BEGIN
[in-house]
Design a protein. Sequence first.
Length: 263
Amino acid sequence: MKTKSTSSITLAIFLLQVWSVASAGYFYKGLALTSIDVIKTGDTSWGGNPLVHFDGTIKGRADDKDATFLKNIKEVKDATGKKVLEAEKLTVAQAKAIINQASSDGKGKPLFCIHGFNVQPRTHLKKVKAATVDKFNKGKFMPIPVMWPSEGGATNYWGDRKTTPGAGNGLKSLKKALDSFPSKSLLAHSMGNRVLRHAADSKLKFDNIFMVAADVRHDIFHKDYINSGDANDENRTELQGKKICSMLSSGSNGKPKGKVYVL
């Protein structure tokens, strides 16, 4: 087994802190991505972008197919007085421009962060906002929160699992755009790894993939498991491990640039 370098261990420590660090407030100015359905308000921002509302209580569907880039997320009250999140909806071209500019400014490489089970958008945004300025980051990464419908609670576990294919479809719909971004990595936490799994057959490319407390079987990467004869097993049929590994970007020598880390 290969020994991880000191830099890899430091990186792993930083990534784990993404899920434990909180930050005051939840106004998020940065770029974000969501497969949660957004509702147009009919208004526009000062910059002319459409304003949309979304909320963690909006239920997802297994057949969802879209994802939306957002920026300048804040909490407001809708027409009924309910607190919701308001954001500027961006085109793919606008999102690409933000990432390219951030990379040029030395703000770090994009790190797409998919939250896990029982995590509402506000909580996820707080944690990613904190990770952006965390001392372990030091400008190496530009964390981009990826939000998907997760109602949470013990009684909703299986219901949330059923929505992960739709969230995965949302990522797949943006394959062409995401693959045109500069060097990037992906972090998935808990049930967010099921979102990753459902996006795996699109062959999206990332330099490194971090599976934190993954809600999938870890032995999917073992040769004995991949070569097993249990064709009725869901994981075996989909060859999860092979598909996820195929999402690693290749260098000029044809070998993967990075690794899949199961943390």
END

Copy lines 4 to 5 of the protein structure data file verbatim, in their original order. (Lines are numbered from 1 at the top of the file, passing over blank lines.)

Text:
Amino acid sequence: MKTKSTSSITLAIFLLQVWSVASAGYFYKGLALTSIDVIKTGDTSWGGNPLVHFDGTIKGRADDKDATFLKNIKEVKDATGKKVLEAEKLTVAQAKAIINQASSDGKGKPLFCIHGFNVQPRTHLKKVKAATVDKFNKGKFMPIPVMWPSEGGATNYWGDRKTTPGAGNGLKSLKKALDSFPSKSLLAHSMGNRVLRHAADSKLKFDNIFMVAADVRHDIFHKDYINSGDANDENRTELQGKKICSMLSSGSNGKPKGKVYVL
């Protein structure tokens, strides 16, 4: 087994802190991505972008197919007085421009962060906002929160699992755009790894993939498991491990640039 370098261990420590660090407030100015359905308000921002509302209580569907880039997320009250999140909806071209500019400014490489089970958008945004300025980051990464419908609670576990294919479809719909971004990595936490799994057959490319407390079987990467004869097993049929590994970007020598880390 290969020994991880000191830099890899430091990186792993930083990534784990993404899920434990909180930050005051939840106004998020940065770029974000969501497969949660957004509702147009009919208004526009000062910059002319459409304003949309979304909320963690909006239920997802297994057949969802879209994802939306957002920026300048804040909490407001809708027409009924309910607190919701308001954001500027961006085109793919606008999102690409933000990432390219951030990379040029030395703000770090994009790190797409998919939250896990029982995590509402506000909580996820707080944690990613904190990770952006965390001392372990030091400008190496530009964390981009990826939000998907997760109602949470013990009684909703299986219901949330059923929505992960739709969230995965949302990522797949943006394959062409995401693959045109500069060097990037992906972090998935808990049930967010099921979102990753459902996006795996699109062959999206990332330099490194971090599976934190993954809600999938870890032995999917073992040769004995991949070569097993249990064709009725869901994981075996989909060859999860092979598909996820195929999402690693290749260098000029044809070998993967990075690794899949199961943390």